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We start with "Toccata and Fugue in D Minor", the most abstract segment of the bunch. It should be fairly clear that "Toccata"'s real purpose is to acquaint the audience with the inherently abstract core concept of Fantasia in general - a necessary first step, especially in 1940. It's very slowly paced, starting with a long section of footage of the musicians themselves. When we finally reach the animation itself, the shapes at first very directly resemble musical forms, like the bobbing heads of violin bows. It takes a while for the piece to leave the obvious references to reality and start envisioning its own images, but it eventually does. "Toccata" is akin to slowly entering cold water, gently and gradually easing yourself into the concept. It also is pure, abstract dance, the images moving clearly on the impulses of the music alone. Because "Toccata" took this first step, "Symphony No. 5" in Fantasia/2000 didn't have to. For my own feelings, I admire the piece for what it is, although it inspires little emotion in me outside of the music's own doing. My favorite moment is easily the three colored circles gliding to the French horns, their colors corresponding to the lights shone on the French horns earlier.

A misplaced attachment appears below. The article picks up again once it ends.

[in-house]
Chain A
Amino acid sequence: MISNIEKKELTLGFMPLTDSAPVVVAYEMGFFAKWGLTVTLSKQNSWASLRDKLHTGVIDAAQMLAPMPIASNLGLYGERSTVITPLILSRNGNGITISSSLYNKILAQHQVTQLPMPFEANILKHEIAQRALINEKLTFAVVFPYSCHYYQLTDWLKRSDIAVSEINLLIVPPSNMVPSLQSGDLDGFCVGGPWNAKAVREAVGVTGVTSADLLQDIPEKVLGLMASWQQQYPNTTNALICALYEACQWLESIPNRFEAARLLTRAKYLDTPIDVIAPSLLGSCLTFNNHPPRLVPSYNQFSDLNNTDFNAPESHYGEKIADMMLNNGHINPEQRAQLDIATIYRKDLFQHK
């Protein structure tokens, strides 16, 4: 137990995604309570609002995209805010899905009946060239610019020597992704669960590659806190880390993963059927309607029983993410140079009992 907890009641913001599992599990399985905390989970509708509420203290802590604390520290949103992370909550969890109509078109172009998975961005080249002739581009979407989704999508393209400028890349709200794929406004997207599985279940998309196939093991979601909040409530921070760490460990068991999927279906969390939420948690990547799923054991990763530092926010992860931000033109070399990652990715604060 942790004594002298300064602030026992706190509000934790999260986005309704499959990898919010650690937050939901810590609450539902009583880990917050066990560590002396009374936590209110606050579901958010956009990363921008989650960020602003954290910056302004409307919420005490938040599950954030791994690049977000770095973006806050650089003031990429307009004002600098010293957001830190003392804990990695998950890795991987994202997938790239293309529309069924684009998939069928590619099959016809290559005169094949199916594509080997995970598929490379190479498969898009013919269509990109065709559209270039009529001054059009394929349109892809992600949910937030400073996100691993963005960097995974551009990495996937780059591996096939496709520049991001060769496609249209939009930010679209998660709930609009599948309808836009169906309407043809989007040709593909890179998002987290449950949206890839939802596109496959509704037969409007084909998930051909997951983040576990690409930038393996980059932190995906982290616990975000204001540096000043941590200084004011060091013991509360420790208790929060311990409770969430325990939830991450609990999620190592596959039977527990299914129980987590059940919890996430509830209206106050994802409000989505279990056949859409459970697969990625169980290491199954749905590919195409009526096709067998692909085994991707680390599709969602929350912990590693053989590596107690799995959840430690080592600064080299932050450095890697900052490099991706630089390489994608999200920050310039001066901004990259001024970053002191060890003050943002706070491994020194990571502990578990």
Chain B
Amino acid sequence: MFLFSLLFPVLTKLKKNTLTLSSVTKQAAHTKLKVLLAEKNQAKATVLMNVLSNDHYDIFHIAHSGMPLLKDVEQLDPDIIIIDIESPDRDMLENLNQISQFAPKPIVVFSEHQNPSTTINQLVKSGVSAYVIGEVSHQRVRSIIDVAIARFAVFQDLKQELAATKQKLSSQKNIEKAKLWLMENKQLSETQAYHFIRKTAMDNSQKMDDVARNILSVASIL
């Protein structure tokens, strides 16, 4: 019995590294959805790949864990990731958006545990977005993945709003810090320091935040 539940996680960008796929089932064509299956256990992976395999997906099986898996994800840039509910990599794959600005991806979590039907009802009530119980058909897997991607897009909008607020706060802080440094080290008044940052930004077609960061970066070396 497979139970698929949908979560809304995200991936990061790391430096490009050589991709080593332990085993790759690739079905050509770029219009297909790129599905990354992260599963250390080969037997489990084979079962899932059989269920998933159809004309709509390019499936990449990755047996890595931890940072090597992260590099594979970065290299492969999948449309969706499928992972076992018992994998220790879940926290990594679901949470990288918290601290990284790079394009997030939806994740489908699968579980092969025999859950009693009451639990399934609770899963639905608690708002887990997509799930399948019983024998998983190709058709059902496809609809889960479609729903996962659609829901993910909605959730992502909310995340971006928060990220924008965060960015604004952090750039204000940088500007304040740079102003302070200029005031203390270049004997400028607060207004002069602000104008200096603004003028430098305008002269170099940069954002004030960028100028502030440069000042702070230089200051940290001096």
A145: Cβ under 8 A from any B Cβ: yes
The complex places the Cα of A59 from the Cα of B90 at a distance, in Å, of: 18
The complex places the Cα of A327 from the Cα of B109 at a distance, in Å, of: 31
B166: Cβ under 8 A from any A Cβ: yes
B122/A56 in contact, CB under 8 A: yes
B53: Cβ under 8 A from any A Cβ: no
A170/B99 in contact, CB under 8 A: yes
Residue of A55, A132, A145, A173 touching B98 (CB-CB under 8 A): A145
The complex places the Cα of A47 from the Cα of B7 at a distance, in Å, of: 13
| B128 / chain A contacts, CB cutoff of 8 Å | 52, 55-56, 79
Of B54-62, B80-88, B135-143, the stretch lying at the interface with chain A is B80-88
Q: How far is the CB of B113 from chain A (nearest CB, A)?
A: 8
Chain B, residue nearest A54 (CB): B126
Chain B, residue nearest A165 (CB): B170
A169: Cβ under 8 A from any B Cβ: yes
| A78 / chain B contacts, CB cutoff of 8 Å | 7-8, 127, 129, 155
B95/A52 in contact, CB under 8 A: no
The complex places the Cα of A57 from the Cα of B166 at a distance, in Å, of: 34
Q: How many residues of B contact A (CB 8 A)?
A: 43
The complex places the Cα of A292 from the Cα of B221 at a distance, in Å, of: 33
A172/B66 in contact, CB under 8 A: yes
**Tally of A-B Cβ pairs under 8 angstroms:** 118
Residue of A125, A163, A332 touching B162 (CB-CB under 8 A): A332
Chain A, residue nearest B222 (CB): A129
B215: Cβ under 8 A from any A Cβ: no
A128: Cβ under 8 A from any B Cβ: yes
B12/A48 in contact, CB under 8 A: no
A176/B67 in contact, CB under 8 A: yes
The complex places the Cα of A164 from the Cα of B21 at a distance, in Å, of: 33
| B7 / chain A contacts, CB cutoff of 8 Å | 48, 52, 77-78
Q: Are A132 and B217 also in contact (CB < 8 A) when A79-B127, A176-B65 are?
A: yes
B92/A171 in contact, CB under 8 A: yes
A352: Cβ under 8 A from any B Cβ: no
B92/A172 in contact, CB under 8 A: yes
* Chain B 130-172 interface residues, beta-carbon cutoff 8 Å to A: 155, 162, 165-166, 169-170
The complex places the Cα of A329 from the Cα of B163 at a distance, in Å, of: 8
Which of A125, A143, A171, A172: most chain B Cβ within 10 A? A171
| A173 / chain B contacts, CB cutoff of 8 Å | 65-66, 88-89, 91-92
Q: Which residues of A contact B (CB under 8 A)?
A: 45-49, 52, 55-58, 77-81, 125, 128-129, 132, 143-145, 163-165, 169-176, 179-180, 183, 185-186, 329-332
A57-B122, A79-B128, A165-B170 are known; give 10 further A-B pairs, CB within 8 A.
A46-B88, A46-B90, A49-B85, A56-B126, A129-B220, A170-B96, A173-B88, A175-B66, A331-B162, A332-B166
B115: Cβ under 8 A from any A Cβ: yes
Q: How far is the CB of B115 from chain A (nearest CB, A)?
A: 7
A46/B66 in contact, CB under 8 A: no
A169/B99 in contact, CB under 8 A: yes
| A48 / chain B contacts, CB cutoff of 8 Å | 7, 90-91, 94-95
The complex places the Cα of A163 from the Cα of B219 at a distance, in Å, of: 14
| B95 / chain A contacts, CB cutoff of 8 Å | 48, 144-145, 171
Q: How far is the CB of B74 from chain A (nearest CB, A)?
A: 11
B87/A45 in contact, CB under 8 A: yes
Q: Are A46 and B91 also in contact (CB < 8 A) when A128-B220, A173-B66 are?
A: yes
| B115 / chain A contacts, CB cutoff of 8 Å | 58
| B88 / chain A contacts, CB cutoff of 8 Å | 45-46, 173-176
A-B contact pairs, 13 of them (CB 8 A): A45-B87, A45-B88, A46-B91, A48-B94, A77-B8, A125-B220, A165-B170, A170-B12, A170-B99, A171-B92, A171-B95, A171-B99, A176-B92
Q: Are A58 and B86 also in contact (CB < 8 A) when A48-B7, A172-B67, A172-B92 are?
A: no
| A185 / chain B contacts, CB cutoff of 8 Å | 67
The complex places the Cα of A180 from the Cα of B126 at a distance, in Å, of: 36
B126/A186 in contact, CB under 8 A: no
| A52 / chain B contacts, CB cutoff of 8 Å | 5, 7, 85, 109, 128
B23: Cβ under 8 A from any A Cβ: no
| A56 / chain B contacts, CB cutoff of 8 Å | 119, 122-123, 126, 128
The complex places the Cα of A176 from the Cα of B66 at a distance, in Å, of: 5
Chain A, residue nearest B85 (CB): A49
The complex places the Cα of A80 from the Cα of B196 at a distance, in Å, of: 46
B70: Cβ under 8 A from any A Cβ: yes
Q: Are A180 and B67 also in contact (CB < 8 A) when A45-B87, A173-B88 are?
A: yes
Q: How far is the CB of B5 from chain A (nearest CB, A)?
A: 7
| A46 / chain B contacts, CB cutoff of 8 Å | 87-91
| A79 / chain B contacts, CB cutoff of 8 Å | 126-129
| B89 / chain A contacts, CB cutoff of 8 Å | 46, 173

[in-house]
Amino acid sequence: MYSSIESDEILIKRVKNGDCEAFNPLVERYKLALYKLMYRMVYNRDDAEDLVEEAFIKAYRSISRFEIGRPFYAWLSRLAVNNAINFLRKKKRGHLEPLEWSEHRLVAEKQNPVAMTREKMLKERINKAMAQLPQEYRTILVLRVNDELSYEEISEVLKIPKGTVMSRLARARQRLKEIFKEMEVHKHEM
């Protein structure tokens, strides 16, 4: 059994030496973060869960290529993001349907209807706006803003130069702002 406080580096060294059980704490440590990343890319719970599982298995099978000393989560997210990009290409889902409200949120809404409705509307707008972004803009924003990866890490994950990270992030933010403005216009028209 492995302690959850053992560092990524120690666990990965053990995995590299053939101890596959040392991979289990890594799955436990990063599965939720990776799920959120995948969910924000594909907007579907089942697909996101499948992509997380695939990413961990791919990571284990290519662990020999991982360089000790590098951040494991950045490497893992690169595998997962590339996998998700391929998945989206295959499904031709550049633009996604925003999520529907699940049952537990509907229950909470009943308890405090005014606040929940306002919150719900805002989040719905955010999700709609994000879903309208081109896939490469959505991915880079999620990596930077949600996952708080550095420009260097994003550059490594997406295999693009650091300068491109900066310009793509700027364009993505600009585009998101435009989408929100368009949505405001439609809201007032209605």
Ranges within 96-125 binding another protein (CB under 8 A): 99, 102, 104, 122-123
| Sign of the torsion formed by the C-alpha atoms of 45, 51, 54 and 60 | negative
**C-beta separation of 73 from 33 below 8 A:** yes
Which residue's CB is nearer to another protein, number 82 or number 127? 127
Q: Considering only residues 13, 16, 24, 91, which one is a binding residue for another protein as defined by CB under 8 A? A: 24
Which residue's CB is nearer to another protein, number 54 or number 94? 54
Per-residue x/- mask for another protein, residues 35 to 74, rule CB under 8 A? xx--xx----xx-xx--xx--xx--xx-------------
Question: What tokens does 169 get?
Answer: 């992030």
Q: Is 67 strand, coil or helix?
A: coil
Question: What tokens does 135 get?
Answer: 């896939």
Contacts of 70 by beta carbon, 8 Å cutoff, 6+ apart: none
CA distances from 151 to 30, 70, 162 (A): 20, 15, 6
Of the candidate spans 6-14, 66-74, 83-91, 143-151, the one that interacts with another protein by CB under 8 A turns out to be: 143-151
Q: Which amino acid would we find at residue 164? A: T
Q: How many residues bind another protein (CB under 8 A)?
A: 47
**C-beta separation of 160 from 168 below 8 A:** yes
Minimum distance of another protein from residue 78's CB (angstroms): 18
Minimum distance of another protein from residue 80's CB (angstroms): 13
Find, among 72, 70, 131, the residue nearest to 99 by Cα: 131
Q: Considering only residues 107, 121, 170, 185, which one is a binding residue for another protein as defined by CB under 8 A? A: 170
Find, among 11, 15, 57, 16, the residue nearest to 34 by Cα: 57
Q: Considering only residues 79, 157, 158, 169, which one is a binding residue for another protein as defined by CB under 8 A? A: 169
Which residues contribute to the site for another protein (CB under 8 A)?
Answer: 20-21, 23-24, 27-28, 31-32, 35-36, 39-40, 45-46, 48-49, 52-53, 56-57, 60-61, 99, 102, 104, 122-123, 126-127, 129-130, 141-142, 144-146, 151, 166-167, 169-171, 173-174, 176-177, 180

"The Nutcracker Suite" is probably the ultimate example of what I mean in Fantasia's predilection towards dance. Deems Taylor himself notes that the work is a series of dances, and thusly this segment is nothing more than that. It frames itself against the changes of seasons, but the true purpose is the celebration of the imagination inherent of animation being able to make ANYTHING do the dancing. Between fish, thistles, mushrooms, seed pods, and your general fairies, everything is endowed with the quality of dance, from the sultry wading of the white veilfish to the ballet of falling leaves. This piece is one of my favorites because it goes full-blast into the abandon that the Fantasia ideal offers, beautifying the music of Tchaikovsky more than the stage ballet ever could.